I write and teach on the subject areas of African, African-American, and Black Diaspora visual and material culture, the history of photography, Black modernism, and museums as (de-)colonial spaces. My work is animated by a profound interest in the role of the visual arts in historical processes like decolonization, and a desire to tell stories about under-recognized artists and art movements. To date, my work has focused on the history of photography in Southern Africa, particularly photography’s role in Southern and Lusophone Africa’s liberation struggles and each region’s post-colonial development. The culmination of this work is the book Filtering Histories: The Photographic Bureaucracy in Mozambique, 1960 to Recent Times (University of Michigan Press, 2021). My second monograph, provisionally titled Coloring Black Surveillance: The Story of Polaroid in Africa, the Anti-Apartheid Struggle, and the Contemporary Art World, seeks to draw connections between the invention of instant color photography, the anti-apartheid struggle, and the use of Polaroids in US prisons. Art curating is a critical component of my scholarship and teaching. At present, I am working with the Samuel Dorsky Museum of Art and the Virginia Museum of Fine Arts on a posthumous survey of the Black American artist Ben Wigfall and the artist workshop Communications Village that he established.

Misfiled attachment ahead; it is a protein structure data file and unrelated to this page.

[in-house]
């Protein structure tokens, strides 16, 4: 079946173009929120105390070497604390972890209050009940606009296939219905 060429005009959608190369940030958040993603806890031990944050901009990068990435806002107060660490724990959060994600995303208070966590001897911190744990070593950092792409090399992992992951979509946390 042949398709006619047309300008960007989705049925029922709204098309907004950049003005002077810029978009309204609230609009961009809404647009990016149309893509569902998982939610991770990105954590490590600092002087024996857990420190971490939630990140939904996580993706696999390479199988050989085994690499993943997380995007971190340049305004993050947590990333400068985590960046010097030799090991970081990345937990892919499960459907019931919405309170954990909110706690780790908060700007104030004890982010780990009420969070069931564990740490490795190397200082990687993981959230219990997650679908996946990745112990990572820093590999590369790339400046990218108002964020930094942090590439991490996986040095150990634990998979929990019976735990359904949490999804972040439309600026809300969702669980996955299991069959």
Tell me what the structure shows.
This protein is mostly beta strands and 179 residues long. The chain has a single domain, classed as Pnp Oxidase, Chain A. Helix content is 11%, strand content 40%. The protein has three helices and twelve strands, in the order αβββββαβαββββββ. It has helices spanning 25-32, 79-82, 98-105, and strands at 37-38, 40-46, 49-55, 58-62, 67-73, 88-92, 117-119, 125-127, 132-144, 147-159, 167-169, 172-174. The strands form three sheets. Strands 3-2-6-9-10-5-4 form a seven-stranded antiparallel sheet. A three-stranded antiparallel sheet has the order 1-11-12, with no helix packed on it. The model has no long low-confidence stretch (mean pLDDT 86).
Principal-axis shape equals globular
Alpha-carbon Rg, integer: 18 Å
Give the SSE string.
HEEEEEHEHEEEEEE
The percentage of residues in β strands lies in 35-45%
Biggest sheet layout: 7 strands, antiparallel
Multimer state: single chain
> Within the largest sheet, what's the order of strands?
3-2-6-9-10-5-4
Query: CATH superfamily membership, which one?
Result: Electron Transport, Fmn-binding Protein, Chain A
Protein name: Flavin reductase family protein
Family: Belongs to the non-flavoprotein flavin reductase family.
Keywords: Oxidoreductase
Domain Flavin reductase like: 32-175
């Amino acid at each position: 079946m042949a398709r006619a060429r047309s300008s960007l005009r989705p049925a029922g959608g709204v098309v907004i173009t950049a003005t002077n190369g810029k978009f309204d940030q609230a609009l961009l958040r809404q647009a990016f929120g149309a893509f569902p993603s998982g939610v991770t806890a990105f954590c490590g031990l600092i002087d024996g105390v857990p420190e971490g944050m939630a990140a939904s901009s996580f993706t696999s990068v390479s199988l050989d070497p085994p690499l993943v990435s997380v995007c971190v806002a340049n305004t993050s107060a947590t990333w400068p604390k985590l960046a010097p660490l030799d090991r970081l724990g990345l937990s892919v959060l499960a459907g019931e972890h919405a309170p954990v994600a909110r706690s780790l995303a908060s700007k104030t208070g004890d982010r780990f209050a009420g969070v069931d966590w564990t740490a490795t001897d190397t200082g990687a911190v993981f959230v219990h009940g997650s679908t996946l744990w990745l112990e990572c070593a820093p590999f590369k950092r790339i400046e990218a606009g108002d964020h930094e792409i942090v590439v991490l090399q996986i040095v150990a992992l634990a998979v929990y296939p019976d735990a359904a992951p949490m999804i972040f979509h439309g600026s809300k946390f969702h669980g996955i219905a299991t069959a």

Selected Recent Publications

Filtering Histories: The Photographic Bureaucracy in Mozambique, 1960 to Recent Times (Ann Arbor: University of Michigan Press, 2021).

”’Não Há Nada’ (‘There is Nothing’): Absent Headshots and Identity Documents in Independent Mozambique,” Technology and Culture Vol. 61, Number 2 Supplement (April 2020): S104-S134.

“Photo Genres and Alternate Histories of Independence in Mozambique,” In Ambivalent. Photography and Visibility in African History edited by Patricia Hayes and Gary Minkley (Athens: Ohio University Press, 2019).